Competition: US & Canada
Julia Rudolph is Professor of History at North Carolina State University. She also regularly teaches seminars in legal history at Duke University School of Law. She is committed to interdisciplinary scholarship, drawing history together with law, gender studies, bibliography and media studies, and colonial studies. Her research has been supported by the Mellon Foundation, the National Endowment for the Humanities, and the Golieb Fellowship in Legal History at New York University School of Law. She has published numerous books and articles on the history of common law jurisprudence, legal publishing, jurisdiction and political economy. She is the author of two prizewinning articles on gender and evidence law. Her Guggenheim project focuses on the history of mortgage lending in the British Empire. This study investigates the evolution of mortgage doctrine, its wide impact on commercial and agricultural investment, and its influence in other areas of law such as women’s property rights, enslavement and inheritance. Professor Rudolph not only examines how secured lending became essential to the amassing of wealth across the empire, but also how foundational ideas about predatory lending, fraud, risk and unconscionable contracts developed at the same time that mortgage became a powerful engine of empire, capital and law.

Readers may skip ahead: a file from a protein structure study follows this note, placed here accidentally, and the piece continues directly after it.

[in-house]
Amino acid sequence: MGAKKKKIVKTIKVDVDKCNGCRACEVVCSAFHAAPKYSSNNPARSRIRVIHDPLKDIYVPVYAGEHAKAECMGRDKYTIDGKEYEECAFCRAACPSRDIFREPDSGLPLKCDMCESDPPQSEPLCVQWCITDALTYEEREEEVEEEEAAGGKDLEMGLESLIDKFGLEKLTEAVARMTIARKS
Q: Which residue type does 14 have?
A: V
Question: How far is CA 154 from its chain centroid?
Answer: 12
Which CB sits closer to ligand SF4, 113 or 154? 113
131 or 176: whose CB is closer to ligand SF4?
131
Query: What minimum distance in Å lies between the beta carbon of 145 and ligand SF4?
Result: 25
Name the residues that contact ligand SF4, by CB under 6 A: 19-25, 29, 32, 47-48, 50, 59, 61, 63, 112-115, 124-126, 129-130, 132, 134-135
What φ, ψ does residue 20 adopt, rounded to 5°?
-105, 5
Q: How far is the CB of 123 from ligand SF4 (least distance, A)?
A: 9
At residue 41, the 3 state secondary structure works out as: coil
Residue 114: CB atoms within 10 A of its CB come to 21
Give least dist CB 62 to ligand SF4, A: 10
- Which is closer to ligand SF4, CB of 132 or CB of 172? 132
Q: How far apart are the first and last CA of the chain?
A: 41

Photo Credit: Chris Hildreth